Business Management

Dr Ian Clarkson (Global): Clarity in Reducing Limiting Project Risks

Talk to any CEO or senior manager about the projects that are happening within their organization and sooner or later you will see the discussion turning to why the projects are running over time or over budget. Having spent seven years training professionals in best practice I regularly hear about the problems encountered by managers when they are delivering projects within their own organizations. So what more can be done to support them in their search for project success? 

One of the most immediate actions is to ensure that the organization is using a proven project management methodology that delivers the flexibility necessary to cope with changing circumstances.  As a starting point, PRINCE2 is the de facto standard for project management.  It has been tried, tested, proven and refined over many years, based upon the experiences of real-life project managers and, as evidenced by research conducted by the Queensland University of Technology , project managers consider it robust, comprehensive and pragmatic to deliver success. However, the detailed explanations that underpin PRINCE2 sometimes provide a perception that it is too cumbersome and unwieldy when used for smaller projects.

In fact, nothing could be further from the truth! On larger projects, the adoption of a methodology can become nothing more than a ‘template-driven’ approach, where project information is imparted through the completion of, often large and complex amounts of, documentation – the ‘means to an end’ being made to be justifiable given the potential sums of money involved. For smaller projects, you can’t get away with this approach – but the need to impart project information remains the same. It then becomes a question of ‘how’ rather than ‘what’ and ‘why’. So, for the reasons stated above and coupled with the fact that there is accredited training and support available; PRINCE2 is a good place to start when adopting a methodology.

Once you have your methodology in place, ensure it is used consistently and that you build internal competency in this methodology. As an organization, there is little benefit in adopting a project management methodology that is only used for projects over a certain size, or only when a particular project team is assigned. Your chosen approach for project management must be used across all parts of the organization, across all projects and by all project team members. The strength of these approaches is in its repeatability.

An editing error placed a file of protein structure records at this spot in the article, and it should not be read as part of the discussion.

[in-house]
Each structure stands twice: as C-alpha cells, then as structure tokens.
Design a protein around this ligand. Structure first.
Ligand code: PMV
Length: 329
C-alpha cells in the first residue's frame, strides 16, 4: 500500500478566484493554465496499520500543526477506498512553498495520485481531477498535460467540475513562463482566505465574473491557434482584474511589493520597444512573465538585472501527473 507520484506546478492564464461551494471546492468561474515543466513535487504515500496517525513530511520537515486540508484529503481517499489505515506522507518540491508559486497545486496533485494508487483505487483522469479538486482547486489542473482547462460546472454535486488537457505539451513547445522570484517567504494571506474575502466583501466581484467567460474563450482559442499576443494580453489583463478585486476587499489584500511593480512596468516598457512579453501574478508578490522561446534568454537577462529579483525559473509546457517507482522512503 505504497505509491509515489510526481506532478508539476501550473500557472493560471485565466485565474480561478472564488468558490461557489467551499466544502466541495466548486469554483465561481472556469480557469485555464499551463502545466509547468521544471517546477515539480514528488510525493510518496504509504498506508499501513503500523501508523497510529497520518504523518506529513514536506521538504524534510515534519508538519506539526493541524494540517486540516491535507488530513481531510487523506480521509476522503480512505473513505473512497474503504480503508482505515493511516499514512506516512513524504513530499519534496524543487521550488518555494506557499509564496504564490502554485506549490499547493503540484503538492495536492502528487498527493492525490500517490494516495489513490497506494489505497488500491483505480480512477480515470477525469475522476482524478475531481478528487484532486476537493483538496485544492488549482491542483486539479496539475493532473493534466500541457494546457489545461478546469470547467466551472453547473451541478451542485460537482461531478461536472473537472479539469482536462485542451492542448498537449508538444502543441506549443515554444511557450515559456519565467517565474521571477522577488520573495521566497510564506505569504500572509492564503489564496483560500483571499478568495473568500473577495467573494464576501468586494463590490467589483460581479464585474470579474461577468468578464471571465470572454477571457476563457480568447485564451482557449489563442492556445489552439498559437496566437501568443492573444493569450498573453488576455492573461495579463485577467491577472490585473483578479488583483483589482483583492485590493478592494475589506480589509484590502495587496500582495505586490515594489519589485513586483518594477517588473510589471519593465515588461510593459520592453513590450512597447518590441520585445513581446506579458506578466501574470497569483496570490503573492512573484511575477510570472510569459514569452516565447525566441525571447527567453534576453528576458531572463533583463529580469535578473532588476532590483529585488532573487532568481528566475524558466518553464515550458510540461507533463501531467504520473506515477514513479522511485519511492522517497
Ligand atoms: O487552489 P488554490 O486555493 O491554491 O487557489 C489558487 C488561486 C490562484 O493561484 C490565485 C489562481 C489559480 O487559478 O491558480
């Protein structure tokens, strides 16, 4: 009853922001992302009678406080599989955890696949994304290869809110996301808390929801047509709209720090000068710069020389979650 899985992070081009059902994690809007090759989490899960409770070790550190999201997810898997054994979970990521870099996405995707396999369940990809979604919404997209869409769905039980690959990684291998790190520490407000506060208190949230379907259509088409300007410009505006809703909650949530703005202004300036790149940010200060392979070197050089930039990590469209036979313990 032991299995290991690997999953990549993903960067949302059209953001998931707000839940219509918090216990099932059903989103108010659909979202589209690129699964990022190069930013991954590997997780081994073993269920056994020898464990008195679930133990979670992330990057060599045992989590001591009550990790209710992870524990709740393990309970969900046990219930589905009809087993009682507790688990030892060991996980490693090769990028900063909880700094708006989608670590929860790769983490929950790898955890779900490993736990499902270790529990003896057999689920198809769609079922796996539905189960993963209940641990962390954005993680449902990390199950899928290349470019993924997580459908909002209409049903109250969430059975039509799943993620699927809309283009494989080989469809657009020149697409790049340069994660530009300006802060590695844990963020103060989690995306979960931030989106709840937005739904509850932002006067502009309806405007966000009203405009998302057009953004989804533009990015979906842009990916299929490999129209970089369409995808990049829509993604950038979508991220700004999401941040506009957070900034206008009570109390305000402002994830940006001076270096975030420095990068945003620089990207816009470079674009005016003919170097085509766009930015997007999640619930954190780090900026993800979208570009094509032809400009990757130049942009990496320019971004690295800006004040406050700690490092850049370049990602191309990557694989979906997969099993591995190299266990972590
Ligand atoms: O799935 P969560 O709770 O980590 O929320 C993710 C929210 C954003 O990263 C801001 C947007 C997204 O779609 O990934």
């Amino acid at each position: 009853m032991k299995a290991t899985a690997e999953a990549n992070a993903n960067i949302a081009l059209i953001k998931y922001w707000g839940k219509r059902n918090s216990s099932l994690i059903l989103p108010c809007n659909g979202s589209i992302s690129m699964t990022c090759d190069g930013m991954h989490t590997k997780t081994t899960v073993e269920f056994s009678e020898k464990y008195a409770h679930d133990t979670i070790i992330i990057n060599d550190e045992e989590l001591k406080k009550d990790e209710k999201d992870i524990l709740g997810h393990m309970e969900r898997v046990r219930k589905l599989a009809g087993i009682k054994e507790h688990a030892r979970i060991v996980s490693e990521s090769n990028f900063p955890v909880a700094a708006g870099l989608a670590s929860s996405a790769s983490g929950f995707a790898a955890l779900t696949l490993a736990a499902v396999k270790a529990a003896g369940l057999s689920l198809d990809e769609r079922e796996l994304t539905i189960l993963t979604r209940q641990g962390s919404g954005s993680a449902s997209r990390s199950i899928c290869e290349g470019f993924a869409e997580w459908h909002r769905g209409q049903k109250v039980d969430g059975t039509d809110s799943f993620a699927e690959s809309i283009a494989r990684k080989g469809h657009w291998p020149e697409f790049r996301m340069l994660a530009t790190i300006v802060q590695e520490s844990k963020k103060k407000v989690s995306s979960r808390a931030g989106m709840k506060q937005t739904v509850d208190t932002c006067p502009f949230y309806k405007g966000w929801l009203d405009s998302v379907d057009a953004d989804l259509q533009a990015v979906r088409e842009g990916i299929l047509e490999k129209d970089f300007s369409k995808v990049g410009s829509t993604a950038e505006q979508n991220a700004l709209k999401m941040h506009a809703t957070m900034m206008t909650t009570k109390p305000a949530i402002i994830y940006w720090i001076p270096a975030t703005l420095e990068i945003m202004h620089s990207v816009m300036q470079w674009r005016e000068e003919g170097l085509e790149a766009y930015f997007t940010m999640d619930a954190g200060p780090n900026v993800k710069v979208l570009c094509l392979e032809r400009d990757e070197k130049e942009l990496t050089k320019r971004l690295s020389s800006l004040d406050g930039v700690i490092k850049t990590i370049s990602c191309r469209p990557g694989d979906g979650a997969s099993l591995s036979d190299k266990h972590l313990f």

An important part of this is ensuring senior management buy in to your use of a project management methodology such as PRINCE2. Your senior team will be project or program stakeholders as they will have a clear interest in the outcomes and business benefits of projects. It’s critically important that they support the way projects are managed and meet their commitments. Once their support has been gained, it’s much easier to roll out a methodology across the organization.

Broadly speaking there are three steps to consider when undertaking a complex project. First ensure clear governance.  Processes for decision making need to be strongly established, and clear to all members of the project team. This is particularly the case when difficult decisions need to be made – a robust process, effectively applied can make the difference between project failure and delivering benefits.

Second, provide a broader range of skills.  You also need to consider the other skills required by a successful project manager beyond the technical certification. Are they a good communicator? Can they write a clear business case? Can they lead and motivate a team or manage up to a stakeholder? Are they able to remain calm and act professionally in a ‘crisis’ situation? While methodologies such as PRINCE2 will underpin the core skills needed, without the right mix of professional skills in your project team you’re again risking failure. 

Thirdly, think about your whole project and program portfolio.  The risk of project failure can increase in line with the number of projects being run; with a limited amount of resources, the more projects on the go, the greater the likelihood of competition for attention and resources, particularly project management skills and staff.  In these circumstances, senior managers need to be transparent about which projects and/or programs are to be prioritized and why.

It’s my view that achieving project success is as much about organizational culture as having the project management skills. The critical point is that the organization must have a culture that facilitates project management and that there is widespread acceptance and practice of the methodology currently in use within the organization by employees who have the right skills to achieve success.  If everyone shares a common understanding and knows what is expected of them, it helps the organization become more flexible yet robust in its ability to deliver projects more successfully. 

Dr Ian Clarkson is Head of Project and Program Management at QA, the global training company that transforms performance through learning. Ian has delivered national and international training programs across all industry sectors and is an experienced lecturer, author, speaker and consultant. For further information contact 


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